2.1. Natural and Anthropogenic Conditions for the Formation of Suspended Sediment Yield in Rivers in the Study Area

The total area of the EPR is approximately 3.8 million square kilometers, with the studied plains covering an area of 3.5 million square kilometers (excluding the Caucasus and the Ural Mountains). This extensive territory spans over 2400 km from north to south and exhibits significant landscape diversity (Figure 1, Table 1). Notably, more than 80 million people live within the boundaries of this region.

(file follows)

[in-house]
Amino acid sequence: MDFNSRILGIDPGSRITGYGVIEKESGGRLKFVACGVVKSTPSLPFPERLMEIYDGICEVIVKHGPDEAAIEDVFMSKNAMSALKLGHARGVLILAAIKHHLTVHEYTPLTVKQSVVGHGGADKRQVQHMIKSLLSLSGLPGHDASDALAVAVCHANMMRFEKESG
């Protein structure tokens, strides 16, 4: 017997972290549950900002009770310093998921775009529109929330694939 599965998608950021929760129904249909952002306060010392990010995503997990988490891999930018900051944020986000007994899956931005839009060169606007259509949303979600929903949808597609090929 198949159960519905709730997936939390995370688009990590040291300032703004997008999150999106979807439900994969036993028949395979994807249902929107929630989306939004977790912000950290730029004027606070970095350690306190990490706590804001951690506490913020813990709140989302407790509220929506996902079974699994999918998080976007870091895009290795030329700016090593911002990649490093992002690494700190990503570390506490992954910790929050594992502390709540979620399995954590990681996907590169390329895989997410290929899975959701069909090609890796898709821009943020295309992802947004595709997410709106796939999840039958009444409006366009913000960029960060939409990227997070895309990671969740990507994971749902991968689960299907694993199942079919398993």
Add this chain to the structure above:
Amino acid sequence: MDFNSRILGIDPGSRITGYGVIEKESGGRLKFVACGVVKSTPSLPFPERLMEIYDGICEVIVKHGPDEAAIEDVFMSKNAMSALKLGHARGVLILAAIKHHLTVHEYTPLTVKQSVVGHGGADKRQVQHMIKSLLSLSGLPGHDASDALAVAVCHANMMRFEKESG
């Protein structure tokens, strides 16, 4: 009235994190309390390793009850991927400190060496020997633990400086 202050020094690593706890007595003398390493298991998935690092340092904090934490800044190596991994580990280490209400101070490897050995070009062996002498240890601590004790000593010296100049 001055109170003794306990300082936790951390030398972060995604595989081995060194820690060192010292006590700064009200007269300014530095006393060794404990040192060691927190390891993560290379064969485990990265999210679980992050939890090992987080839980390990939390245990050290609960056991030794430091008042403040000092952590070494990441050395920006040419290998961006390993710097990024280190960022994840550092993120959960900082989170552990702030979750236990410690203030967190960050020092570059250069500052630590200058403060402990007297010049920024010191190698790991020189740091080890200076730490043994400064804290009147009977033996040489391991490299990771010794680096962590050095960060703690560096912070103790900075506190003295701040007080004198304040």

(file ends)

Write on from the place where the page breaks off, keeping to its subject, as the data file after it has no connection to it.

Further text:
The natural conditions of the study area that lead to the formation of the SSY are presented in a GIS tool available on the open access geoportal “River basins of the European part of Russia” [32,33]. Some geographical conditions of SSY formation in the study area are shown in Figure 2. The absolute heights of the relief range from −28 to 830 m, and the average height is about 140 m. About 60% of the catchments have slopes ranging from 0.5 to 1.5°, and less than 0.5% of the territory has steep slopes (Figure 1a). Temperature characteristics have a zonal distribution. The average annual temperature ranges from −8 °C in the northeastern part of the EPR to 12–14 °C on the coast of the Black Sea and the Caspian lowland (Figure 1b). The annual precipitation reaches maximum values of about 600 mm in the western part of the EPR, with a trend towards decreasing in the north and southeast (Figure 2c). The distribution of precipitation is highly heterogeneous among landscape zones. According to the lithological structure, sedimentary poorly defined formations and chemoorganogenic rocks are the most common. Clay and heavy loamy soils predominate in the granulometric composition of soils. There are also light and medium loamy soils. The forest and swamp cover of the catchments decreases from north to south, as shown in Figure 2d,e. Arable land is located in the southern part of the EPR (as shown in Figure 2f), where highly fertile soils predominate, which have been subjected to intensive plowing for a long time. The landscape structure of the EPR is presented in Figure 1b and in Table 1. In more detail, the geographical conditions of SSY formation in the study area are described in our articles on soil erosion and liquid river runoff [34].